Creativity needs selfishness and selflessness. 

Most people are familiar with Malcolm Gladwell’s rule for success discussed in his book, Outliers: ten thousand hours of work spread over ten years (the work of late Professor Anders Ericsson).  Although evidence is mixed about the holy grail of ten thousand hours – even Ericsson cautions about the role of other factors than practice in gaining expertise, like the presence of good teachers. But there is no denying that developing expertise takes time. 

For example, David Lynch talks about how four hours spent on a creative project may result in one hour of good work if one is lucky. But we tend to be fooled by the glitz and glamour of successful artists. Take film stars, for example. If you take an acting class you realize how much work it takes to memorize one page of dialogue, and will appreciate that glamor is just the outer sheen of their otherwise arduous work. Unfortunately, social media influencers do not talk about the blood and sweat behind the scenes of so-called glamorous professions, and why would they? Hard work does not get eyeballs; only results do. Many first-timers pursuing an art form soon give up when they realize it takes hard work.      

Former PepsiCo CEO Indra Nooyi came under fire when she spoke about her failings as a mother when her children were young. Seinfeld now says having kids is the best thing to happen to him, but check out some old interviews, and you realize he barely saw his kids when they were young. Similarly, I was surprised when one of my favorite Malayalam screenwriters, Srinivasan, in his sixties during the interview, revealed it was the first time he was home for Onam. Onam is the most important holiday in Kerala, India, akin to Christmas or Thanksgiving in the US.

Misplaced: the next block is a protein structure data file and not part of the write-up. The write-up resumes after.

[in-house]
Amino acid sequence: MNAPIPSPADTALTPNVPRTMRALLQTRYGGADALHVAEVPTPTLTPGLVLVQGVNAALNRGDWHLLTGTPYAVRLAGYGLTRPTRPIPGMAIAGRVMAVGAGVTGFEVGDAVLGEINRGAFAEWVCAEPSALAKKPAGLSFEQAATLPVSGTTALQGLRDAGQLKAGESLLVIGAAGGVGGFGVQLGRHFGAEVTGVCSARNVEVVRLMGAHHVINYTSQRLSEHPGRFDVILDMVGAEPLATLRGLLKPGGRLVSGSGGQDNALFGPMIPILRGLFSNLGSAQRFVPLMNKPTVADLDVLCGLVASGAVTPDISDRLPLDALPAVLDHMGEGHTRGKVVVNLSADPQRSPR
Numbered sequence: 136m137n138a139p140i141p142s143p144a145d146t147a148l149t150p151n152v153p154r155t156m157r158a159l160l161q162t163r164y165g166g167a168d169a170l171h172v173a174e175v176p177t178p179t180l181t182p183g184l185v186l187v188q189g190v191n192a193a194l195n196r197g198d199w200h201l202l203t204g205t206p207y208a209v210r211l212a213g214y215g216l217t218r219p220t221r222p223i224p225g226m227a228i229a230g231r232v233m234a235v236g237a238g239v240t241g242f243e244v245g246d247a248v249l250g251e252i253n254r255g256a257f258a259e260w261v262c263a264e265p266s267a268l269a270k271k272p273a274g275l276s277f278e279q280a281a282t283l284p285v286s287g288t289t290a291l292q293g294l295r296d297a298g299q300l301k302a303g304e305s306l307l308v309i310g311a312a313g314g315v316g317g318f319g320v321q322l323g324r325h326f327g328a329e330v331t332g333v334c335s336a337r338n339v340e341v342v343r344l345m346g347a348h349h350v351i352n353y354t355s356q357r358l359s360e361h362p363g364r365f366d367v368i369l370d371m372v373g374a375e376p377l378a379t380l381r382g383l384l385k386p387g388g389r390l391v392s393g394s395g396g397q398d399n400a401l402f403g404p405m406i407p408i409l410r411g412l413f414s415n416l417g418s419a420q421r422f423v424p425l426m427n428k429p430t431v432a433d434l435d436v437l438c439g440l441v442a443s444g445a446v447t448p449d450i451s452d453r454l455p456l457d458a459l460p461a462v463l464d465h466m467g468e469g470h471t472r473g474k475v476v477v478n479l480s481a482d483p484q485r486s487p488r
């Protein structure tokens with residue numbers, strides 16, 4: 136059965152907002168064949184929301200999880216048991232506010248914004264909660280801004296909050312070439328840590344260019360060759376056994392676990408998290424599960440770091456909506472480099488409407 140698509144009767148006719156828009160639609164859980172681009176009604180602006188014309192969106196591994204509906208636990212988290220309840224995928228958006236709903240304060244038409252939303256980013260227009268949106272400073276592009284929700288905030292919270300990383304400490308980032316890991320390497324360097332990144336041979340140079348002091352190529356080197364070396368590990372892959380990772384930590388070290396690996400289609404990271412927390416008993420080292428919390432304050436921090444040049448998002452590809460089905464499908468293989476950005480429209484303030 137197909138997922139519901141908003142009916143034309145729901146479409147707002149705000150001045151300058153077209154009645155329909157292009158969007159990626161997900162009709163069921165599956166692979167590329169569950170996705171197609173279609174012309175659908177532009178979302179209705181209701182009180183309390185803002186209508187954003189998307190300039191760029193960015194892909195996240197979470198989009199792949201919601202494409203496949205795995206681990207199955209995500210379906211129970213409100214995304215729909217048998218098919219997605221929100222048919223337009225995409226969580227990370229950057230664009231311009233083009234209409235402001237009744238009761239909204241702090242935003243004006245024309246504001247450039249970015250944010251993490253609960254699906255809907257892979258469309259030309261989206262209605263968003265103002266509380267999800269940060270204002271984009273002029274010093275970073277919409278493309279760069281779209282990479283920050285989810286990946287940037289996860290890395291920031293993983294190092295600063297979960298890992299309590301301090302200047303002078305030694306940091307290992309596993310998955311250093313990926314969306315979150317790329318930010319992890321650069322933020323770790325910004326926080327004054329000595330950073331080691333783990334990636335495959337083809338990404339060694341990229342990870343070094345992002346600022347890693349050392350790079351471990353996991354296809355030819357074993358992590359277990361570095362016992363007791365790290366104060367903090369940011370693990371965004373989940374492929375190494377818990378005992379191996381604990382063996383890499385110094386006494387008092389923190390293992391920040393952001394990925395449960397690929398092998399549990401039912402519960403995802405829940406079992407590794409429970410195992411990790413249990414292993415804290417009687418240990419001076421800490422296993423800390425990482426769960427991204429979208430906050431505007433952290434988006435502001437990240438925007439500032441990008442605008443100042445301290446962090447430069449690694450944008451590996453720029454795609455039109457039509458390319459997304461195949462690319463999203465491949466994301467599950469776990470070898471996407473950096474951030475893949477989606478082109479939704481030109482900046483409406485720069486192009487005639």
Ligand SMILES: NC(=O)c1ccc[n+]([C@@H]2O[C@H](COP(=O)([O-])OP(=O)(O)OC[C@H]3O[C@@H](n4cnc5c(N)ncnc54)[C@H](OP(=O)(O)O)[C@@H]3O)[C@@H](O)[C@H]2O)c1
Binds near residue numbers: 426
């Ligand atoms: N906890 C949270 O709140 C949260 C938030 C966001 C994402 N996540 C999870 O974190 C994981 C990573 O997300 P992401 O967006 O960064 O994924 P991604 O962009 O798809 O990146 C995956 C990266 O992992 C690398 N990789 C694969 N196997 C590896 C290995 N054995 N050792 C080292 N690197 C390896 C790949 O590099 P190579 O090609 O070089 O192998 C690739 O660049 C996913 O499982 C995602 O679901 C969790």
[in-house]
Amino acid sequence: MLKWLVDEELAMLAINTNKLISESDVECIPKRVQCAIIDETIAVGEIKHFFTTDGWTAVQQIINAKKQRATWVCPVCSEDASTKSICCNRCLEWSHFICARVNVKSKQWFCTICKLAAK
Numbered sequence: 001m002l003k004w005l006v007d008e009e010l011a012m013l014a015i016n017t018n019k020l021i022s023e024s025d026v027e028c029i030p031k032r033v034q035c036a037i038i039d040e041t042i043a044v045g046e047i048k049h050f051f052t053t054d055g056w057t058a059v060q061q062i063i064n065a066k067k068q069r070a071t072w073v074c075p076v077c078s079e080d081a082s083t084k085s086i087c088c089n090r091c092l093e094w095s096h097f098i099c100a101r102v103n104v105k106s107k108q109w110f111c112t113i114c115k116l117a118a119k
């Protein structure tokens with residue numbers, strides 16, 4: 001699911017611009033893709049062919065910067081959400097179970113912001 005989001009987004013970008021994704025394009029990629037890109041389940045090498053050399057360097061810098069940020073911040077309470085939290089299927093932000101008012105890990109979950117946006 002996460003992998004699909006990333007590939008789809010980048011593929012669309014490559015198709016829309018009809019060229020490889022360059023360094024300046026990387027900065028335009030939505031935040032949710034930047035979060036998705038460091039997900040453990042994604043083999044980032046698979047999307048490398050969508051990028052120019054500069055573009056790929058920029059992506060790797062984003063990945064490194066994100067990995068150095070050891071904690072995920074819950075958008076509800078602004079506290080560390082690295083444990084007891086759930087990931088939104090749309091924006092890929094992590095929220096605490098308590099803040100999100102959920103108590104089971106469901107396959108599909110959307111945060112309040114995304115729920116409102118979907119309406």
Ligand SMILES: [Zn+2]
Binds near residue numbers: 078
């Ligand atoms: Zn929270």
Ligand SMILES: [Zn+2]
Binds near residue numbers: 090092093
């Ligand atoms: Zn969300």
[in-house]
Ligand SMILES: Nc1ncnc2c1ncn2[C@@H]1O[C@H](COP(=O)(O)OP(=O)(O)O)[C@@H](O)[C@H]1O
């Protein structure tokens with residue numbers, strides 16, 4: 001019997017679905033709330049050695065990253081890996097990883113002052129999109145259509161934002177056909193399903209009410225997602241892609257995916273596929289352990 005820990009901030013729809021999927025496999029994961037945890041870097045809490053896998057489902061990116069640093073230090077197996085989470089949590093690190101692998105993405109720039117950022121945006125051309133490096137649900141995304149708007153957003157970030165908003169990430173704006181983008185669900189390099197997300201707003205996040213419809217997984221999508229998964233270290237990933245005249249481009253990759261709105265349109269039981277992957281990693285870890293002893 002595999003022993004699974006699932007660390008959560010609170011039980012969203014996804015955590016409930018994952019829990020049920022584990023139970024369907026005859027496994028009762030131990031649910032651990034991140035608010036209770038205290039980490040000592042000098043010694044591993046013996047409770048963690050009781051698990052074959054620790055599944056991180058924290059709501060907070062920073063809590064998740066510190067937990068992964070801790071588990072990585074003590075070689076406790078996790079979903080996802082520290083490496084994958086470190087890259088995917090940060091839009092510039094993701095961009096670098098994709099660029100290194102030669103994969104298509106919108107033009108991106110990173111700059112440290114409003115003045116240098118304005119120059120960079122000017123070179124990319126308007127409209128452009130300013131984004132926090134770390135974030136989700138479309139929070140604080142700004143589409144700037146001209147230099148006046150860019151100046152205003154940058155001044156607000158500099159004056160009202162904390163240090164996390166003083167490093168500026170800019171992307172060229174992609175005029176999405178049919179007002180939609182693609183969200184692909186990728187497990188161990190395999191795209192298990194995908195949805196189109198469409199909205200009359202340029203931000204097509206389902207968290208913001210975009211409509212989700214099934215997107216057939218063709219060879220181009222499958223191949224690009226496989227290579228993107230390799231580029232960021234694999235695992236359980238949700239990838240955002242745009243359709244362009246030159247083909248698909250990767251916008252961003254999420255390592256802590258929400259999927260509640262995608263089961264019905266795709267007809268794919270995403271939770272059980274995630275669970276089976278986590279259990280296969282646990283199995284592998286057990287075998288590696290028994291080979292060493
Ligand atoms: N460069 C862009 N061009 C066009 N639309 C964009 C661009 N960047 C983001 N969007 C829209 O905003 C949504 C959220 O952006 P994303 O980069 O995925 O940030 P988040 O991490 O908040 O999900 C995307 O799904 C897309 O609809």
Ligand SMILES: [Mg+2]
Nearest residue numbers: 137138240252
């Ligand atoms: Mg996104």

More successful people should come forward and discuss these behind-the-scenes sacrifices of both the artist and those who allow them the creative space. Everyone has only twenty-four hours in their day, so something must give. The Indian actor Murali Gopy once quipped that an artist’s support system is most underrated. Famous Indian superstar Amitabh Bachchan’s wife Jaya says she realized early in their marriage that he belonged to the people and not her. Roger Federer’s wife, Mirka, once told her time would come after Federer retired. It is reasonable that spouses claim 50% of their creative other’s assets during a divorce. They carry the weight of their homes, making it possible for their spouse to engage in their creative pursuits.  

Is the much-touted adage that no one ever regrets working more at their death beds true? I bet countless people die regretting not giving their passions and talents the time they deserved. Creativity can arise from turmoil but not constantly, so it requires a happy space to flourish. David Lynch says artists must be selfish with their time because creativity is so elusive. He also adds that selfishness is relative, and lies in the eyes of the beholder, aka the people in your life.

So, if you are on a creative path, you will need to selfishly carve out your creative time and hope that you can surround yourself with selfless people who understand your gift.  

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